Avoid fluctuations in blood pressure If able to swallow and no other contra-indication continue any usual blood pressure medication, unless there is good evidence that the patient has not been complying with anti-hypertensive medication pre-admission. Consider lowering BP acutely only with the following serious concomitant medical issues (NICE) Hypertensive encephalopathy Hypertensive nephropathy Hypertensive cardiac failure/myocardial infarction Aortic dissection Pre-eclampsia or eclampsia Intracerebral haemorrhage with systolic blood pressure 200 mmHg or The patient may be considered for blood pressure lowering medication if a potential candidate for thrombolysis and BP is >185/110, however, this is at the discretion of the on-call stroke specialist.

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2.1.5 Statins
A statin should be prescribed to patients who have had an ischaemic stroke, irrespective of cholesterol level. Cholesterol level should still be checked on admission. Patients with ischaemic stroke on prior statin therapy should continue treatment, via a nasogastric tube, if necessary. SIGN recommends using simvastatin 40mg or atorvastatin 80mg based on the Heart Protection Study (HPS) and SPARCL trial respectively. Patients not currently prescribed a statin would usually receive simvastatin 40mg. Following clinical risk assessment by a stroke consultant atorvastatin 80mg may be recommended. Statin therapy following haemorrhagic stroke is not recommended routinely unless the risk of further ischaemic vascular events outweighs the risk of further haemorrhage.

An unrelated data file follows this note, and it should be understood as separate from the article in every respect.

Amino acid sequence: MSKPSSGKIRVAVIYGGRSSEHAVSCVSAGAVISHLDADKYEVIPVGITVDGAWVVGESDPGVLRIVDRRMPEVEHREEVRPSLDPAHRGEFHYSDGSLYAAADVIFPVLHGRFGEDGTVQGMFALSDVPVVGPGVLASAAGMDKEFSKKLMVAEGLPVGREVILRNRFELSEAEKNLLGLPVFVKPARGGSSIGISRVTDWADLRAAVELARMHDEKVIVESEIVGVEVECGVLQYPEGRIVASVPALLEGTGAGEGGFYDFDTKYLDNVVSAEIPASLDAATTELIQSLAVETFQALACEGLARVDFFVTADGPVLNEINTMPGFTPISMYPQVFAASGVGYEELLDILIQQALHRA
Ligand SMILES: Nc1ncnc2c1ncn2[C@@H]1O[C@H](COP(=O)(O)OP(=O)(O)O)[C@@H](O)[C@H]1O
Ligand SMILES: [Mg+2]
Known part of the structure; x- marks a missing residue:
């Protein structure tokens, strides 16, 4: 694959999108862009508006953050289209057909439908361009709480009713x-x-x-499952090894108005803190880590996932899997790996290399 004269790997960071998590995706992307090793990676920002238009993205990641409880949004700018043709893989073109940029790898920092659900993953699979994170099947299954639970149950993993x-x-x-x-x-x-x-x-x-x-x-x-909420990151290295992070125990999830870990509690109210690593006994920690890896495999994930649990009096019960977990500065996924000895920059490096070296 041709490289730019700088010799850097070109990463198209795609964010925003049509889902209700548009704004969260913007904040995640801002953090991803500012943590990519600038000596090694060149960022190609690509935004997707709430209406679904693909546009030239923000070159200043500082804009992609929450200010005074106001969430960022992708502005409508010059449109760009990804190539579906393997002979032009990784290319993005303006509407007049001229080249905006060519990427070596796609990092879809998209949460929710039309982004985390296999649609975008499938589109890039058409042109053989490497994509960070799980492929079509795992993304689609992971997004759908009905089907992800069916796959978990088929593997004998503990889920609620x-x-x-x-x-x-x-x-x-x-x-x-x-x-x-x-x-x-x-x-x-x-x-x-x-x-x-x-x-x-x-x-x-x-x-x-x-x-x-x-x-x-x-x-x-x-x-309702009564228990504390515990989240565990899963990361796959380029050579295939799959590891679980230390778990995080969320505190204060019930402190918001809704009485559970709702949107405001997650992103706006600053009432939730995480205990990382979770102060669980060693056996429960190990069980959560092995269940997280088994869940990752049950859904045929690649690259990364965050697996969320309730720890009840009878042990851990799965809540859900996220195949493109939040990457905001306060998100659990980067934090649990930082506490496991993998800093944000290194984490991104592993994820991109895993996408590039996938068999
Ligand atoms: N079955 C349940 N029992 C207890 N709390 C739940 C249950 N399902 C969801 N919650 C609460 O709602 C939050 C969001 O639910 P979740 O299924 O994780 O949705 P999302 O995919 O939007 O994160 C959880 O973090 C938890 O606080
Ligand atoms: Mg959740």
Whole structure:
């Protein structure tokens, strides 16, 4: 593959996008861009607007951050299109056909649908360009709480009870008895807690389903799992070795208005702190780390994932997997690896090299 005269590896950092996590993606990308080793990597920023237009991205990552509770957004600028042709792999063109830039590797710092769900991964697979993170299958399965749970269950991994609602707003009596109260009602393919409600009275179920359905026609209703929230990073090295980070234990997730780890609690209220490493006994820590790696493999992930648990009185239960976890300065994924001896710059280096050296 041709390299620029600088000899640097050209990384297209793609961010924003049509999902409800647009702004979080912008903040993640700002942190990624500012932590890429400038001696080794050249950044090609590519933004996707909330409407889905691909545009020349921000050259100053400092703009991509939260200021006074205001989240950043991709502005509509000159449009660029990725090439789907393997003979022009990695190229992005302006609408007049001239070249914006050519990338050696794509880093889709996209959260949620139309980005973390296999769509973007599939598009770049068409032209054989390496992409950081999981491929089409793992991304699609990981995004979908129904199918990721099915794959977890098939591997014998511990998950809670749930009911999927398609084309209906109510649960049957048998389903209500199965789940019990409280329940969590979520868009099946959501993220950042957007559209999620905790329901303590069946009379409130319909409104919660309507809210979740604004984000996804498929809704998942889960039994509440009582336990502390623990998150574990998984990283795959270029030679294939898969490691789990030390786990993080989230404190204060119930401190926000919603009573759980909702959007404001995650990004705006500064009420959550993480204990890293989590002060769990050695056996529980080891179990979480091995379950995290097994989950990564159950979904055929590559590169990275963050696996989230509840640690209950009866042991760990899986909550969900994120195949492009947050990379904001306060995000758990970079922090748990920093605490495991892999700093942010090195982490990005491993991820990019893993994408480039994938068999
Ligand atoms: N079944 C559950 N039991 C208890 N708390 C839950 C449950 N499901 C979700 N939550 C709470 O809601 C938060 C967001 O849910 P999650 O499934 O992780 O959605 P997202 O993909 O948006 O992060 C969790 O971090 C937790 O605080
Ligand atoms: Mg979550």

2.1.6 Hyperglycaemia/Diabetes treatment


Hyperglycaemia in stroke Diabetic patients on insulin who are unable to swallow (or in whom there is concern about ability to maintain adequate oral intake) should be commenced on an IV sliding scale insulin regimen. Care should be taken not to cause hypoglycaemia with such regimes and a glucose of 7mmol/l is acceptable as the minimum level. The insulin dosing for the sliding scale may have to be adjusted to avoid glucose levels below this. Routine use of intravenous insulin regimens to lower blood glucose in patients with moderate hyperglycaemia after acute stroke is not recommended as there is no trial evidence yet of benefit and a significant demonstrated risk of inducing hypoglycaemia. Advice should be sought from the diabetic specialist team if there is continued concern about glycaemic control. A random glucose >6.0mmol/l should be further assessed to exclude or confirm a diagnosis of impaired glucose tolerance or diabetes. Hypoglycaemia in stroke Hypoglycaemia should be avoided and a blood glucose minimum of 7mmol/l is acceptable. Hypoglycaemia should be managed as per the usual local protocol.

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2.2

Further investigation

2.2.1 Further brain imaging